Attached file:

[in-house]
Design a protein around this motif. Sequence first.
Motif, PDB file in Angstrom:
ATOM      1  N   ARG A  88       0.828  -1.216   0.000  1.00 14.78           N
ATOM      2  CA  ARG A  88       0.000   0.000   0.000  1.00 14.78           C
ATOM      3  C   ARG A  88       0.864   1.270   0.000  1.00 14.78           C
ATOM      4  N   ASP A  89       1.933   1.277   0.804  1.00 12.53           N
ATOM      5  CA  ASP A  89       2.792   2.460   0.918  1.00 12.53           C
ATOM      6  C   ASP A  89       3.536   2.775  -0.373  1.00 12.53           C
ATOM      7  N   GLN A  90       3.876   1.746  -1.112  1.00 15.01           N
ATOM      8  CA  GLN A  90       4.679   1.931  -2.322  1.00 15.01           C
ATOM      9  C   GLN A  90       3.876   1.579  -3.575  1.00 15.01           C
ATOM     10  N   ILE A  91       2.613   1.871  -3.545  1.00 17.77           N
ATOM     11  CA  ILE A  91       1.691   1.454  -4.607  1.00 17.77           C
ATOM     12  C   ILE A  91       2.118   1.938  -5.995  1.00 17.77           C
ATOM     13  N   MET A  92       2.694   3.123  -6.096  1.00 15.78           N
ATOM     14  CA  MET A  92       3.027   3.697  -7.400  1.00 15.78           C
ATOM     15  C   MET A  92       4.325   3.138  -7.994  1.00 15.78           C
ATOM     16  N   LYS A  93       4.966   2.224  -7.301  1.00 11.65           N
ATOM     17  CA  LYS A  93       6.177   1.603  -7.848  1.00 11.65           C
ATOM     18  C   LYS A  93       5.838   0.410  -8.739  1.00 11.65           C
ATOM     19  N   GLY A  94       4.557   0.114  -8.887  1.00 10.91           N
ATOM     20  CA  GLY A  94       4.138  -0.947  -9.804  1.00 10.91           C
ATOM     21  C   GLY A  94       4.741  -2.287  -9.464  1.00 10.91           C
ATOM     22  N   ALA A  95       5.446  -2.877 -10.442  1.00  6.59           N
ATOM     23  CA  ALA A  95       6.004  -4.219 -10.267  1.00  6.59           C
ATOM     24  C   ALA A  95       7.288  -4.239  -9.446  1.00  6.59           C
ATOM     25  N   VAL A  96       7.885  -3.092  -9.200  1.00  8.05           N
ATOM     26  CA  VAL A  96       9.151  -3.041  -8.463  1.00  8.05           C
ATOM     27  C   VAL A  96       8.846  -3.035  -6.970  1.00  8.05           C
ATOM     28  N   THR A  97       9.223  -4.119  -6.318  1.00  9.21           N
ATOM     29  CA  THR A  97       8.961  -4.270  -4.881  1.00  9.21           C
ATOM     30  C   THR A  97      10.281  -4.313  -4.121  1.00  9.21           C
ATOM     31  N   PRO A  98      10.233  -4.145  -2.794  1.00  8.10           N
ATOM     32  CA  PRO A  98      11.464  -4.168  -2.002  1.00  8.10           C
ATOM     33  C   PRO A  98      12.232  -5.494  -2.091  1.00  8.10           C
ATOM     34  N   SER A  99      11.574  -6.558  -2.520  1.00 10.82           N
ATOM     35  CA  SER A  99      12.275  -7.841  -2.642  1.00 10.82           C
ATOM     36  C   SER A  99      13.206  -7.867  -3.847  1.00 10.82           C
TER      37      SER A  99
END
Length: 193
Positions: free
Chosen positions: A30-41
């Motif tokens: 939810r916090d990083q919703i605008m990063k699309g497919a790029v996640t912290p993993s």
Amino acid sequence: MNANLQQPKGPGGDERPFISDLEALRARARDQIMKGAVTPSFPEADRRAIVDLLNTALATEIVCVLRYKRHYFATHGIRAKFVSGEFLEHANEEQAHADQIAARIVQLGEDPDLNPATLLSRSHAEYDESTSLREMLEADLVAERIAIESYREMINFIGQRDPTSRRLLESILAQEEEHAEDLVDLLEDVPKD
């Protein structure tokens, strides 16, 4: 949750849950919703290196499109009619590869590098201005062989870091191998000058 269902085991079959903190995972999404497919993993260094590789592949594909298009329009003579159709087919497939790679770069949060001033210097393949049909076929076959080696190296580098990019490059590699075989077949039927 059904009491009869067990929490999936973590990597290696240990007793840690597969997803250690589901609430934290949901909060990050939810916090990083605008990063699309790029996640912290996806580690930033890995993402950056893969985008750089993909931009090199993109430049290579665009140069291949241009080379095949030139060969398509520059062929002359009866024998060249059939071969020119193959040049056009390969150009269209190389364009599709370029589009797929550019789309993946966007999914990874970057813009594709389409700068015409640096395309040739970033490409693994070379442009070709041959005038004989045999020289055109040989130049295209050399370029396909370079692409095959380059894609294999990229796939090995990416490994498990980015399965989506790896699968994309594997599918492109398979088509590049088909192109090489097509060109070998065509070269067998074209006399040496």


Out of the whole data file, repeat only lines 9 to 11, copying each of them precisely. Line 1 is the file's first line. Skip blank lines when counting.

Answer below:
ATOM      6  C   ASP A  89       3.536   2.775  -0.373  1.00 12.53           C
ATOM      7  N   GLN A  90       3.876   1.746  -1.112  1.00 15.01           N
ATOM      8  CA  GLN A  90       4.679   1.931  -2.322  1.00 15.01           C